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Black Rhinoceros

Diceros bicornis


The black rhinoceros has four subspecies, one of which was declared extinct in 2011, with two others critically endangered.

Rhinos, along with equids and tapirs, are the only surviving members of an ancient and formerly diverse group of ungulates, which originated around 50 million years ago. The black rhino has a prehensile (or grasping) upper lip, which it uses to draw plant material into its mouth. Their population decreased by a massive 96% between 1970 and 1992, the largest decline of any rhino species. The black rhino has been the victim of persecution for being seen as volatile and dangerous over the 20th century, but in recent years its major threat comes from poaching for the international rhino horn trade. The rhino horn is made out of simple keratin; the same protein as our and all mammals’ hair and nails are made from. Despite this, they are used in Chinese medicine for an array of unrelated illnesses; fueling the rhino horn trade. They also face threats from habitat changes, competing species and alien plant invasions.

  • Order: Perissodactyla
  • Family: Rhinocerotidae
  • Population: 4,880
  • Trend: increasing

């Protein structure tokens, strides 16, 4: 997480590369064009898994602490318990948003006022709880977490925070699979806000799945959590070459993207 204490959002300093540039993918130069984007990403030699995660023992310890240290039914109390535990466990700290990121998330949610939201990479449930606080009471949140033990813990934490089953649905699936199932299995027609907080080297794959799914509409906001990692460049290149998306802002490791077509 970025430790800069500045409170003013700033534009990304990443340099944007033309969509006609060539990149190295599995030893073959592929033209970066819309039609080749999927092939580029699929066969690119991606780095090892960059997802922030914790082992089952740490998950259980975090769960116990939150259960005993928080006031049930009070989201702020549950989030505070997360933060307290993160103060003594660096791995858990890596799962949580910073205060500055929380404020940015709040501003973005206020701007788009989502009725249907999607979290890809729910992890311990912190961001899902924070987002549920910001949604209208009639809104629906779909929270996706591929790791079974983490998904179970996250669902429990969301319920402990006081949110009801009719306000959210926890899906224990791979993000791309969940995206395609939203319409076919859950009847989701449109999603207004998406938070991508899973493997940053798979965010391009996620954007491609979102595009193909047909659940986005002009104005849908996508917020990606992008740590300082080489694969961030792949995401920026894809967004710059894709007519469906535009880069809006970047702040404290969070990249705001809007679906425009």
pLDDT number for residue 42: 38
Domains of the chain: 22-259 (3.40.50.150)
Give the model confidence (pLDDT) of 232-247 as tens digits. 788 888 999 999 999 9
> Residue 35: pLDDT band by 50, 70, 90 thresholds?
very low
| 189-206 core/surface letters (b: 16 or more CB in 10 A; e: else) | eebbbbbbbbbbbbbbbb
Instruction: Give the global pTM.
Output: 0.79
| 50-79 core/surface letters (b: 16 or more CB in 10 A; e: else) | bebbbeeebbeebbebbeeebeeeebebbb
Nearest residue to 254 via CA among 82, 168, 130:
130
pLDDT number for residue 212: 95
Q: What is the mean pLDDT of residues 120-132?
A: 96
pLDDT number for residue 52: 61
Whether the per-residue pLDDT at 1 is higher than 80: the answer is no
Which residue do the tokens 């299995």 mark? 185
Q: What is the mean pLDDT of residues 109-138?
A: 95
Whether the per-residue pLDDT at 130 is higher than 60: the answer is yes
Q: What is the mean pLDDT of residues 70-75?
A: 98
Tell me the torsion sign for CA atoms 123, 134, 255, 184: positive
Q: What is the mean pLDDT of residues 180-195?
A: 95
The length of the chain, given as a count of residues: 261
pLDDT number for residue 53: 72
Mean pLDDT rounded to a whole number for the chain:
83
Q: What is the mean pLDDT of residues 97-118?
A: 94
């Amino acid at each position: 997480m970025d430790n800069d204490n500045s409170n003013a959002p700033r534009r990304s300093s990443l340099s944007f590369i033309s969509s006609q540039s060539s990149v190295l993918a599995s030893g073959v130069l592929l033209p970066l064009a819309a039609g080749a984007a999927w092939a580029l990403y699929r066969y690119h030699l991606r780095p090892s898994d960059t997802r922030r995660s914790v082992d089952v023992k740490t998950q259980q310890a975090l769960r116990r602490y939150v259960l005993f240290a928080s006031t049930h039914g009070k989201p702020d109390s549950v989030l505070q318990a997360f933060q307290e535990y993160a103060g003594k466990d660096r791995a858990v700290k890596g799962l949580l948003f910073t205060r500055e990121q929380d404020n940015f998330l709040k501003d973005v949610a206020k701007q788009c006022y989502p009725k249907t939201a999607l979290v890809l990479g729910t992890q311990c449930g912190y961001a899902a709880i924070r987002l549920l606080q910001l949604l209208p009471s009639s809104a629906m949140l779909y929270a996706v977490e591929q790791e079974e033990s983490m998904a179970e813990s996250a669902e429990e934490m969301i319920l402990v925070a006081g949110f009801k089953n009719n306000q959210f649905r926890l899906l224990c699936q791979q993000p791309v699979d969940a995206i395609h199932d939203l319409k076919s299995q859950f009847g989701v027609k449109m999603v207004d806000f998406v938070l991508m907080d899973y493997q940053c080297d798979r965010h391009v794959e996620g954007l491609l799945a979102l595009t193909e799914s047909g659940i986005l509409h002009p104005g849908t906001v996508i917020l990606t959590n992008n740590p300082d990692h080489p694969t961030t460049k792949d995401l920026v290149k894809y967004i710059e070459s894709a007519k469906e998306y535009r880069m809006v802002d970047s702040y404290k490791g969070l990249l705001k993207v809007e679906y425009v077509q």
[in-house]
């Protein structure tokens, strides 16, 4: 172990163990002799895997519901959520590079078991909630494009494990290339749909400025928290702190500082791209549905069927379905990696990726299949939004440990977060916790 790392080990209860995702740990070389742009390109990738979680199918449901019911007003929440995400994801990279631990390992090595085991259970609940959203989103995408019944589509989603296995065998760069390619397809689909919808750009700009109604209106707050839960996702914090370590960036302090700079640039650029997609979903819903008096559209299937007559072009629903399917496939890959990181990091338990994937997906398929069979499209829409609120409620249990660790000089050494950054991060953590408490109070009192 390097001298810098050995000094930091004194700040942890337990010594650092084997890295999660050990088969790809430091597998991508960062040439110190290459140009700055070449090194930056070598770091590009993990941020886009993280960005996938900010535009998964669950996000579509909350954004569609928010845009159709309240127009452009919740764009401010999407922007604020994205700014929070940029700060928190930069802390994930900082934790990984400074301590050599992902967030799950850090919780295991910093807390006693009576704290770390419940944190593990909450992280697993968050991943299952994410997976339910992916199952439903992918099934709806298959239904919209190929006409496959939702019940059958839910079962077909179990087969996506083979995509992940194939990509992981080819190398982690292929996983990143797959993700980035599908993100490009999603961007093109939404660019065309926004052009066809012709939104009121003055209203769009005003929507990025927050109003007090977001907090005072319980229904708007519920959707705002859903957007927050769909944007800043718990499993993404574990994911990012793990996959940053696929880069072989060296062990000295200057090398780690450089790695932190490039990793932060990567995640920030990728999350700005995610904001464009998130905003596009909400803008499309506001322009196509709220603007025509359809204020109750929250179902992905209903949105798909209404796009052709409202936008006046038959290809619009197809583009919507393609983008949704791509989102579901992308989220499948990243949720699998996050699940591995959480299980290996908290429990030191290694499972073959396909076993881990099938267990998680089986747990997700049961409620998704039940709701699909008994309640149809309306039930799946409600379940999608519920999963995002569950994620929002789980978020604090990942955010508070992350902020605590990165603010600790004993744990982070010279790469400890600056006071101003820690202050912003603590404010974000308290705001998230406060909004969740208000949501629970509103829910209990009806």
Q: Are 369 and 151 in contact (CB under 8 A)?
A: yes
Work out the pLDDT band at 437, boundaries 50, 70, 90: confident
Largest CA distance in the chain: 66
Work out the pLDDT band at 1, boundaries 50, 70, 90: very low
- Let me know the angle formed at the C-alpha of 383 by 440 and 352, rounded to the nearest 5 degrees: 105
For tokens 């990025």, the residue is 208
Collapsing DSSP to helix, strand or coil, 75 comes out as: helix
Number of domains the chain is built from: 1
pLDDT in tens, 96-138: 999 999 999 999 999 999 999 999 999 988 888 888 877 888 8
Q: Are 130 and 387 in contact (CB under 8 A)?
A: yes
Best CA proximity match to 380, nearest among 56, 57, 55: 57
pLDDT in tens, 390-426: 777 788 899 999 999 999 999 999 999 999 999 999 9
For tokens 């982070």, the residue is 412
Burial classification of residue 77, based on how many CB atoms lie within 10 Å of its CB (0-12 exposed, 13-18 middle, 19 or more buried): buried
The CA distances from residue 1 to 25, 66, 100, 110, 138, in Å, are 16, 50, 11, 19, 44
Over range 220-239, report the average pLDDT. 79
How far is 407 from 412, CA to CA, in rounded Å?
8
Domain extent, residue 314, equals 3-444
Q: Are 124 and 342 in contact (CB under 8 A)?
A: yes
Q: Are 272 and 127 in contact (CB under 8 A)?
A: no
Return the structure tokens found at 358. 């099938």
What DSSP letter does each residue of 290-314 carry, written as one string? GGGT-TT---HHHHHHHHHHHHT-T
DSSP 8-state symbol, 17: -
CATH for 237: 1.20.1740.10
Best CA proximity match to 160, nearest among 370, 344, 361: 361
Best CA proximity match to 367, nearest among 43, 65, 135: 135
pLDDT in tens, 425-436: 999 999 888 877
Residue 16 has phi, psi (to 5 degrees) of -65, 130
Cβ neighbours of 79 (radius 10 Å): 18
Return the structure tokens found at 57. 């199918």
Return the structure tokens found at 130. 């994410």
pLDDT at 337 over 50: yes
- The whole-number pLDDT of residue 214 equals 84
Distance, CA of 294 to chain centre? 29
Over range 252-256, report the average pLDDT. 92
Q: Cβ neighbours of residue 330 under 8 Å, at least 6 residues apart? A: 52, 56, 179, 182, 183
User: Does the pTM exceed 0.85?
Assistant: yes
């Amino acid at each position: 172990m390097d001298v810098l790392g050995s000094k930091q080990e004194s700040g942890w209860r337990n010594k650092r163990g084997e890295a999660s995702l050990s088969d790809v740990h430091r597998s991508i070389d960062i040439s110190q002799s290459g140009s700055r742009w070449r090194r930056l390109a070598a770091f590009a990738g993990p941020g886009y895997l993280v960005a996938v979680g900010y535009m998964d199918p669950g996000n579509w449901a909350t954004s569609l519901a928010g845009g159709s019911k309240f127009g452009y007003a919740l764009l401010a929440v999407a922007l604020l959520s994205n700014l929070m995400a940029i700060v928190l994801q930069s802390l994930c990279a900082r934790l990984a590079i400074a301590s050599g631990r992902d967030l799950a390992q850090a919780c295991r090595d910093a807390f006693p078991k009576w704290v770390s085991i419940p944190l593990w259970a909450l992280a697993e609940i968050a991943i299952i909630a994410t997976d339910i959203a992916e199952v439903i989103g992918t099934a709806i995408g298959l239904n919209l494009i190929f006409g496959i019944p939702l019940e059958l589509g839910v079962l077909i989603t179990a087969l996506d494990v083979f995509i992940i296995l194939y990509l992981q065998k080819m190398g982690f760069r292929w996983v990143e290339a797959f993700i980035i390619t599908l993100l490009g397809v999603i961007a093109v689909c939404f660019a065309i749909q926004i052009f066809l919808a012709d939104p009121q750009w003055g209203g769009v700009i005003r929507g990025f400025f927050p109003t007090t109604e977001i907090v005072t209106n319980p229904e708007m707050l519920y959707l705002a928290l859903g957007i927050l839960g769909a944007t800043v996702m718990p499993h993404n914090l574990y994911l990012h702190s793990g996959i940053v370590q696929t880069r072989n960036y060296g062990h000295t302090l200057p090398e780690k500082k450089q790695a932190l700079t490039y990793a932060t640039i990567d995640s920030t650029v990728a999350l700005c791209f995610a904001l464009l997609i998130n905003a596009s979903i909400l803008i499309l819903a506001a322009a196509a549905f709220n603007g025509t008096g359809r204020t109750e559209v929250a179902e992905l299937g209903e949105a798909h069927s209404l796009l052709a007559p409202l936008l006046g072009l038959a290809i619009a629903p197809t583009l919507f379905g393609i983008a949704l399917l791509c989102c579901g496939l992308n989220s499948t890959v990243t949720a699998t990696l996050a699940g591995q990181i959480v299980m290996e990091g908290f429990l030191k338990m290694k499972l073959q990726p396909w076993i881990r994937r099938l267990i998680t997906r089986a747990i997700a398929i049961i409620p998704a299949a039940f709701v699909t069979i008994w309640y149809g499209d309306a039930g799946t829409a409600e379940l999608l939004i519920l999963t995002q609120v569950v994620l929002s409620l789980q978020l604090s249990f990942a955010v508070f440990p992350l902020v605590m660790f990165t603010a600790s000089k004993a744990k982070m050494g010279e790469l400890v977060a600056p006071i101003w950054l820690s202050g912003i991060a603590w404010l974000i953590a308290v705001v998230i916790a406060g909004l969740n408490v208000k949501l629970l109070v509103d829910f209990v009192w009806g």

• Size: 3-3.75m
  • Weight: 800-1,400kg
GE / IUCN Red List (?)
Not Evaluated Data Deficient Least Concern Near Threatened Vulnerable Endangered Critically Endangered Extinct in the Wild Extinct


Black Rhinoceros were once found throughout sub-Saharan Africa, with the exception of the Congo Basin. Today the main populations live in reserves in South Africa, Namibia, Zimbabwe, Tanzania and Kenya.

Habitat and Ecology

Black Rhinoceros are found in a variety of habitats, including grasslands, savannas and shrublands, although their preferred habitat is the transitional zone between grassland and forest. Black rhinos are restricted to areas within 25km of a permanent water source and are browsers, feeding on a wide variety of plant material, such as leaves and twigs of woody plants and legumes, supplemented with minerals obtained from salt-licks. Black rhinos are generally solitary, although small groups often congregate at wallows and salt-licks.

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This wordcloud illustrates the threats facing this species. The size of each word indicates the extent of a species range that is affected by that threat (larger size means a greater area is affected). The colour of the word indicates how much that threat impacts the species (darker shades of red mean the threat is more severe).

Hunting Wars Ecosystem changes Native species

Threat wordcloud key:

Small area affected
Large area affected
Least severe
Most severe
Severity unknown
Source: The IUCN List of Threatened Species. Version 2017.1.
Available at:

Horris Wanyama

  • Project name: Population performance of black rhino (Diceros bicornis michaeli) in two key Rhino Areas, Tsavo Conservation Area
  • Project site: Tsavo West National Park, Kenya
  • Active: 2017 - 2019
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